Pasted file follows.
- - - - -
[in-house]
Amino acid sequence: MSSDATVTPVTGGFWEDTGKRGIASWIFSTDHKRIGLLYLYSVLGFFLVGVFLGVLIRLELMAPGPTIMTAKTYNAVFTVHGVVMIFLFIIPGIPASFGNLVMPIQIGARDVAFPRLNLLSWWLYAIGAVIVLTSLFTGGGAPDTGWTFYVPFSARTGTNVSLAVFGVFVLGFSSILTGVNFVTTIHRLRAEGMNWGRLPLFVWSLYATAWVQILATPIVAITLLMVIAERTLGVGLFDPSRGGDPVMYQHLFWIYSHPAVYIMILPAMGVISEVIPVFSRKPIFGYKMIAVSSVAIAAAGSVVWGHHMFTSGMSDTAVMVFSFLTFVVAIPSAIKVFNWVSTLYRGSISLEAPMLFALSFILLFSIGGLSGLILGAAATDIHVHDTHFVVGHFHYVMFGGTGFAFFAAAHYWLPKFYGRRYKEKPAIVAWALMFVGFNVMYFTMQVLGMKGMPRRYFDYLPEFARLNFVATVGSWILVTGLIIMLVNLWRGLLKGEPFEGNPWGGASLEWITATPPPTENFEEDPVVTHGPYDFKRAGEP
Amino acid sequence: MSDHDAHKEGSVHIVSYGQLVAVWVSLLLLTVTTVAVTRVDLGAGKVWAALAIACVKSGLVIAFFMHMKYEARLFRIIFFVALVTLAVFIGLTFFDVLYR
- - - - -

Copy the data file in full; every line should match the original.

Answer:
[in-house]
Amino acid sequence: MSSDATVTPVTGGFWEDTGKRGIASWIFSTDHKRIGLLYLYSVLGFFLVGVFLGVLIRLELMAPGPTIMTAKTYNAVFTVHGVVMIFLFIIPGIPASFGNLVMPIQIGARDVAFPRLNLLSWWLYAIGAVIVLTSLFTGGGAPDTGWTFYVPFSARTGTNVSLAVFGVFVLGFSSILTGVNFVTTIHRLRAEGMNWGRLPLFVWSLYATAWVQILATPIVAITLLMVIAERTLGVGLFDPSRGGDPVMYQHLFWIYSHPAVYIMILPAMGVISEVIPVFSRKPIFGYKMIAVSSVAIAAAGSVVWGHHMFTSGMSDTAVMVFSFLTFVVAIPSAIKVFNWVSTLYRGSISLEAPMLFALSFILLFSIGGLSGLILGAAATDIHVHDTHFVVGHFHYVMFGGTGFAFFAAAHYWLPKFYGRRYKEKPAIVAWALMFVGFNVMYFTMQVLGMKGMPRRYFDYLPEFARLNFVATVGSWILVTGLIIMLVNLWRGLLKGEPFEGNPWGGASLEWITATPPPTENFEEDPVVTHGPYDFKRAGEP
Amino acid sequence: MSDHDAHKEGSVHIVSYGQLVAVWVSLLLLTVTTVAVTRVDLGAGKVWAALAIACVKSGLVIAFFMHMKYEARLFRIIFFVALVTLAVFIGLTFFDVLYR